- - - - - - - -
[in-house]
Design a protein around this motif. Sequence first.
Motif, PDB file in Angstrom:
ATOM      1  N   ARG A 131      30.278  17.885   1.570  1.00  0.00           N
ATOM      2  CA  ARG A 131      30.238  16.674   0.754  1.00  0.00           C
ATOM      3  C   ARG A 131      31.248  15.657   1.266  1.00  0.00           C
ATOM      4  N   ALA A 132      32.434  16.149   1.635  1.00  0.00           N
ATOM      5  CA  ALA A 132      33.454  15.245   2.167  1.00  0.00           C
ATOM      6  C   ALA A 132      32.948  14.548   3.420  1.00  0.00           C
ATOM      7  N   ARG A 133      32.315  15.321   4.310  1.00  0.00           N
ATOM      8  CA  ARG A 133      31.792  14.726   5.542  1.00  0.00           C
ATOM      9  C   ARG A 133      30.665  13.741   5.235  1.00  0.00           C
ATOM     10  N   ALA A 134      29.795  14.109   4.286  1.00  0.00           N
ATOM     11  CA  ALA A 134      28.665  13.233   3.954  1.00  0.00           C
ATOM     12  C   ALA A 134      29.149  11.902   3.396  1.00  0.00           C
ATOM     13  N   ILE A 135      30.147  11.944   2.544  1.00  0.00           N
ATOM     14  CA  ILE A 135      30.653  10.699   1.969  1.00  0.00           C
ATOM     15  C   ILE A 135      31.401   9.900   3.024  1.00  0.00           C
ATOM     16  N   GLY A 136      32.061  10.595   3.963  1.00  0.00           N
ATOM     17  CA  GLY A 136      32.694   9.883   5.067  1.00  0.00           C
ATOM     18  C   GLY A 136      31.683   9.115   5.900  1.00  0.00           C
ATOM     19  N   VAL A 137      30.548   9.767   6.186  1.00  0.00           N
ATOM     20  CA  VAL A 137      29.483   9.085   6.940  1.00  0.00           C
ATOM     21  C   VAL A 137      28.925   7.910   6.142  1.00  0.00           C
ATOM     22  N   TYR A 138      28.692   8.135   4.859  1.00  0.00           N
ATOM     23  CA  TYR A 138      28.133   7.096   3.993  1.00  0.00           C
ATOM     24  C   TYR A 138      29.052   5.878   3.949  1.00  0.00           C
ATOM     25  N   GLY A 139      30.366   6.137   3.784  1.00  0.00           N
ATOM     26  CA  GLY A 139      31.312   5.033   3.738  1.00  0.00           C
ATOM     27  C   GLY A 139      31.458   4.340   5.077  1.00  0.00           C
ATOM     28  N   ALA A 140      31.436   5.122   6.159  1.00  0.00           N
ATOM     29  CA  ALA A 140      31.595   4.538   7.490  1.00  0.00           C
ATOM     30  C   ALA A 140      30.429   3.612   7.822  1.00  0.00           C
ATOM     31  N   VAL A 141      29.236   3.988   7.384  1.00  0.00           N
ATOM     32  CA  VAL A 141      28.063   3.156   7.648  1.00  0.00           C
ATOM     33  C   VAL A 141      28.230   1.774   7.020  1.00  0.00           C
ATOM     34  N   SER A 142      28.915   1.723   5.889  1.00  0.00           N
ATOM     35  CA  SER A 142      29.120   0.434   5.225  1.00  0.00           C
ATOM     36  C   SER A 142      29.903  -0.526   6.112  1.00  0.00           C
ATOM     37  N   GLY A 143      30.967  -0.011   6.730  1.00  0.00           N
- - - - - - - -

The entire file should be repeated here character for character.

[in-house]
Design a protein around this motif. Sequence first.
Motif, PDB file in Angstrom:
ATOM      1  N   ARG A 131      30.278  17.885   1.570  1.00  0.00           N
ATOM      2  CA  ARG A 131      30.238  16.674   0.754  1.00  0.00           C
ATOM      3  C   ARG A 131      31.248  15.657   1.266  1.00  0.00           C
ATOM      4  N   ALA A 132      32.434  16.149   1.635  1.00  0.00           N
ATOM      5  CA  ALA A 132      33.454  15.245   2.167  1.00  0.00           C
ATOM      6  C   ALA A 132      32.948  14.548   3.420  1.00  0.00           C
ATOM      7  N   ARG A 133      32.315  15.321   4.310  1.00  0.00           N
ATOM      8  CA  ARG A 133      31.792  14.726   5.542  1.00  0.00           C
ATOM      9  C   ARG A 133      30.665  13.741   5.235  1.00  0.00           C
ATOM     10  N   ALA A 134      29.795  14.109   4.286  1.00  0.00           N
ATOM     11  CA  ALA A 134      28.665  13.233   3.954  1.00  0.00           C
ATOM     12  C   ALA A 134      29.149  11.902   3.396  1.00  0.00           C
ATOM     13  N   ILE A 135      30.147  11.944   2.544  1.00  0.00           N
ATOM     14  CA  ILE A 135      30.653  10.699   1.969  1.00  0.00           C
ATOM     15  C   ILE A 135      31.401   9.900   3.024  1.00  0.00           C
ATOM     16  N   GLY A 136      32.061  10.595   3.963  1.00  0.00           N
ATOM     17  CA  GLY A 136      32.694   9.883   5.067  1.00  0.00           C
ATOM     18  C   GLY A 136      31.683   9.115   5.900  1.00  0.00           C
ATOM     19  N   VAL A 137      30.548   9.767   6.186  1.00  0.00           N
ATOM     20  CA  VAL A 137      29.483   9.085   6.940  1.00  0.00           C
ATOM     21  C   VAL A 137      28.925   7.910   6.142  1.00  0.00           C
ATOM     22  N   TYR A 138      28.692   8.135   4.859  1.00  0.00           N
ATOM     23  CA  TYR A 138      28.133   7.096   3.993  1.00  0.00           C
ATOM     24  C   TYR A 138      29.052   5.878   3.949  1.00  0.00           C
ATOM     25  N   GLY A 139      30.366   6.137   3.784  1.00  0.00           N
ATOM     26  CA  GLY A 139      31.312   5.033   3.738  1.00  0.00           C
ATOM     27  C   GLY A 139      31.458   4.340   5.077  1.00  0.00           C
ATOM     28  N   ALA A 140      31.436   5.122   6.159  1.00  0.00           N
ATOM     29  CA  ALA A 140      31.595   4.538   7.490  1.00  0.00           C
ATOM     30  C   ALA A 140      30.429   3.612   7.822  1.00  0.00           C
ATOM     31  N   VAL A 141      29.236   3.988   7.384  1.00  0.00           N
ATOM     32  CA  VAL A 141      28.063   3.156   7.648  1.00  0.00           C
ATOM     33  C   VAL A 141      28.230   1.774   7.020  1.00  0.00           C
ATOM     34  N   SER A 142      28.915   1.723   5.889  1.00  0.00           N
ATOM     35  CA  SER A 142      29.120   0.434   5.225  1.00  0.00           C
ATOM     36  C   SER A 142      29.903  -0.526   6.112  1.00  0.00           C
ATOM     37  N   GLY A 143      30.967  -0.011   6.730  1.00  0.00           N